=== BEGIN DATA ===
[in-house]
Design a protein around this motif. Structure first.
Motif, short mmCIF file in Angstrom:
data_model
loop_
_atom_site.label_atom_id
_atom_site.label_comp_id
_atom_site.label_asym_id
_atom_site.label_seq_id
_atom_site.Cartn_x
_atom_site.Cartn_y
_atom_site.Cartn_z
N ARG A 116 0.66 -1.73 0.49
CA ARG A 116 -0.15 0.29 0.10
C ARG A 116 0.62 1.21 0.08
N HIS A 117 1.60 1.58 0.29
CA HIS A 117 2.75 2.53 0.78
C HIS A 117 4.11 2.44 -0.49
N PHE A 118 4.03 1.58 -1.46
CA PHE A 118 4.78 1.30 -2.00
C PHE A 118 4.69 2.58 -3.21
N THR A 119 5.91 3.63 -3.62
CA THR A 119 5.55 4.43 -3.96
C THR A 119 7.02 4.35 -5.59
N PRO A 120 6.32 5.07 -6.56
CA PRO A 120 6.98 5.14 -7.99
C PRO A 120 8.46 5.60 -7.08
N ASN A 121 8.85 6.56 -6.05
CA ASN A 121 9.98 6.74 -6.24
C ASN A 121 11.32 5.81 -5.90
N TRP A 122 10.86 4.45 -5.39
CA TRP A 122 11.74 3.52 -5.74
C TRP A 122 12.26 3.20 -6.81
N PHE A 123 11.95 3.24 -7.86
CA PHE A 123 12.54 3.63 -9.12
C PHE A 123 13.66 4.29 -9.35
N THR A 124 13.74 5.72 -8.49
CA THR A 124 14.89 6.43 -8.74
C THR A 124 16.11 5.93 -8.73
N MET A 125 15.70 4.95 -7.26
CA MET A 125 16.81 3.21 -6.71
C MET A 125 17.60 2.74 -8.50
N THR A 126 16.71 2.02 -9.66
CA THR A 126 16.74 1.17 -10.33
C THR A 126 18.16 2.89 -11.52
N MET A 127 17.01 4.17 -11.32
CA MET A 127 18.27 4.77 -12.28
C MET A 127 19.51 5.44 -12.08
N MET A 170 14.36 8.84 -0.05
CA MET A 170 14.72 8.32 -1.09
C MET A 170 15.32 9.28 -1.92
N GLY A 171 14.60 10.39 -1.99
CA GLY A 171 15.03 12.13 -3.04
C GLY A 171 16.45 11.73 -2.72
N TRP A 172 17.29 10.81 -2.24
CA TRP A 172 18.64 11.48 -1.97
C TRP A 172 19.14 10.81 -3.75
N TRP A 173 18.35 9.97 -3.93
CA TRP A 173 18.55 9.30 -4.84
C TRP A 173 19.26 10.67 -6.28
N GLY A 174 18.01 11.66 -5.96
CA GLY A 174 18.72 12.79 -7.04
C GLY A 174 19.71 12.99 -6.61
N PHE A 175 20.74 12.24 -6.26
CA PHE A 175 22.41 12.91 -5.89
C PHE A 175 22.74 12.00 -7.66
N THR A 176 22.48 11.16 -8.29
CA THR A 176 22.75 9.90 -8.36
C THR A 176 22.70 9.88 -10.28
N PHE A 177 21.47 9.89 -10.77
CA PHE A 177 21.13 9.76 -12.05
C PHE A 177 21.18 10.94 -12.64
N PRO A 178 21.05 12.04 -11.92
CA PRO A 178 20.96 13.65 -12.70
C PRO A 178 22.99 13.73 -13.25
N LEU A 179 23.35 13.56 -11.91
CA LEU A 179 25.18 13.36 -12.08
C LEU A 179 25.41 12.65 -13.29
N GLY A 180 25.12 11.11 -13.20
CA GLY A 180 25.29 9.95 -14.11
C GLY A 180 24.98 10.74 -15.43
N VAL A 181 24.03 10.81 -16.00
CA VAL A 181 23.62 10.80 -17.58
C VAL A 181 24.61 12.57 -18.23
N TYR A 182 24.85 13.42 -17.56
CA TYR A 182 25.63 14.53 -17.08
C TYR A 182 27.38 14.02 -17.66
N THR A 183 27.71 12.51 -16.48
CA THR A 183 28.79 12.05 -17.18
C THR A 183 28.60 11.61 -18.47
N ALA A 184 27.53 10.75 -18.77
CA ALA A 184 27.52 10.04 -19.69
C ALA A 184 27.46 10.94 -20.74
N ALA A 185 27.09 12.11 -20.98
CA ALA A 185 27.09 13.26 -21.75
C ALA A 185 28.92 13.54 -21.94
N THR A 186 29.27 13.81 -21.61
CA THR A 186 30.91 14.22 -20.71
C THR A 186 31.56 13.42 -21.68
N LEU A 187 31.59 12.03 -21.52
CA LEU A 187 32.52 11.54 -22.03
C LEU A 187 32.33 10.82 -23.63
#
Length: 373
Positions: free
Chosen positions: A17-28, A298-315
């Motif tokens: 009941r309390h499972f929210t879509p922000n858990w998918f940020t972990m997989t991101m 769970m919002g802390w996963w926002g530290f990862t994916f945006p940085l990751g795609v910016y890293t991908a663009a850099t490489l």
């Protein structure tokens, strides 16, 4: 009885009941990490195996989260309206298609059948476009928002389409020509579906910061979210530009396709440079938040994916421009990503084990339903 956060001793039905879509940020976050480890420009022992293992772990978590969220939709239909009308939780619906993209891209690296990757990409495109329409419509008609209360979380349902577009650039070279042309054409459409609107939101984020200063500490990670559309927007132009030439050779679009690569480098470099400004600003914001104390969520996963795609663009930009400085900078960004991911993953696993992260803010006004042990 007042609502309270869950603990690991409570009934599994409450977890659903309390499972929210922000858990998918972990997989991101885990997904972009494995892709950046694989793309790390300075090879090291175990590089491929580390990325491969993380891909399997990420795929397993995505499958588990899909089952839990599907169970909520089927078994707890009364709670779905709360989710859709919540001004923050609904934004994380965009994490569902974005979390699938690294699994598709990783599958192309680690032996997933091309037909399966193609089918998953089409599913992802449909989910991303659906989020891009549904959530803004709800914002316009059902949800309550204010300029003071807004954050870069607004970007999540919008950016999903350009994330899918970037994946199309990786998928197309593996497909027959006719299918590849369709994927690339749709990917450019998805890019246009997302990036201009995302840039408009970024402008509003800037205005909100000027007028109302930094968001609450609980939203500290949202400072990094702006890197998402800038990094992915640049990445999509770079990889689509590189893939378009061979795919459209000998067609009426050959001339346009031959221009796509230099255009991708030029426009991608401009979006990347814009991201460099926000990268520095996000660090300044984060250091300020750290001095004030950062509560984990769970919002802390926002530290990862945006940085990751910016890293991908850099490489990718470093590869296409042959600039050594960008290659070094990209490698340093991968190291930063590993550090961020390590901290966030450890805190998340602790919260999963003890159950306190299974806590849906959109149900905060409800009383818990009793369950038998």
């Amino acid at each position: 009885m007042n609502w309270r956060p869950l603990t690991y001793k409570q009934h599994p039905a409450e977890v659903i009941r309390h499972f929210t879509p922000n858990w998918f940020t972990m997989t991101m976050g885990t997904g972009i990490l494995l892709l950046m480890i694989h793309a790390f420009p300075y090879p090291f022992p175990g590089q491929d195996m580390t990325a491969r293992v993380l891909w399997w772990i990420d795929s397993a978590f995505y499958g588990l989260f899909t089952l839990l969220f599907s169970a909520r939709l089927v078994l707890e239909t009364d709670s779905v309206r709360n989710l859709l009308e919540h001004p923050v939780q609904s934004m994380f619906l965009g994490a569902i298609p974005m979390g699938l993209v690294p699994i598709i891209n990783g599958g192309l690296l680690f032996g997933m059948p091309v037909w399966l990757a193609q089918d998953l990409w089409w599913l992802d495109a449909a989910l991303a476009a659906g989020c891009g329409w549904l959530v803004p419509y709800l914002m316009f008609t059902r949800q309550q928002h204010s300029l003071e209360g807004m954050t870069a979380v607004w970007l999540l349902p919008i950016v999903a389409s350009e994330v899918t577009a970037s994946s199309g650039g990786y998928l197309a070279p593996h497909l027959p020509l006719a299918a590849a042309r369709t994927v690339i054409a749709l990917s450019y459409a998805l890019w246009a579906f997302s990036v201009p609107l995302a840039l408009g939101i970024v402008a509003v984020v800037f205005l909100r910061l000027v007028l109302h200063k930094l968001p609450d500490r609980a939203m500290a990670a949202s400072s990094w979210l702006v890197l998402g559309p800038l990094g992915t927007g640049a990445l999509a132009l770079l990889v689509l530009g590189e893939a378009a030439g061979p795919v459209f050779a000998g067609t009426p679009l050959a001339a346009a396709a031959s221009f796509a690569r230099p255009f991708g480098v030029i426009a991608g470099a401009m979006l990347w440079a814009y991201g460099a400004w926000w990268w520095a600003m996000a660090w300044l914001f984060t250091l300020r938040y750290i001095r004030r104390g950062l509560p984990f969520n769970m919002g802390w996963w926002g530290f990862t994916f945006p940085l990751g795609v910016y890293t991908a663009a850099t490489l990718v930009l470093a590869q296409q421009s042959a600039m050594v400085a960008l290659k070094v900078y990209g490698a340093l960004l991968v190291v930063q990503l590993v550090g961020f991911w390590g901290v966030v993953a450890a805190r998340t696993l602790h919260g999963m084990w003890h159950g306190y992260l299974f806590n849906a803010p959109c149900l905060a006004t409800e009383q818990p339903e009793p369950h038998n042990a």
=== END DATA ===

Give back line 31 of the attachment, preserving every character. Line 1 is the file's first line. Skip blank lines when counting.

N TRP A 122 10.86 4.45 -5.39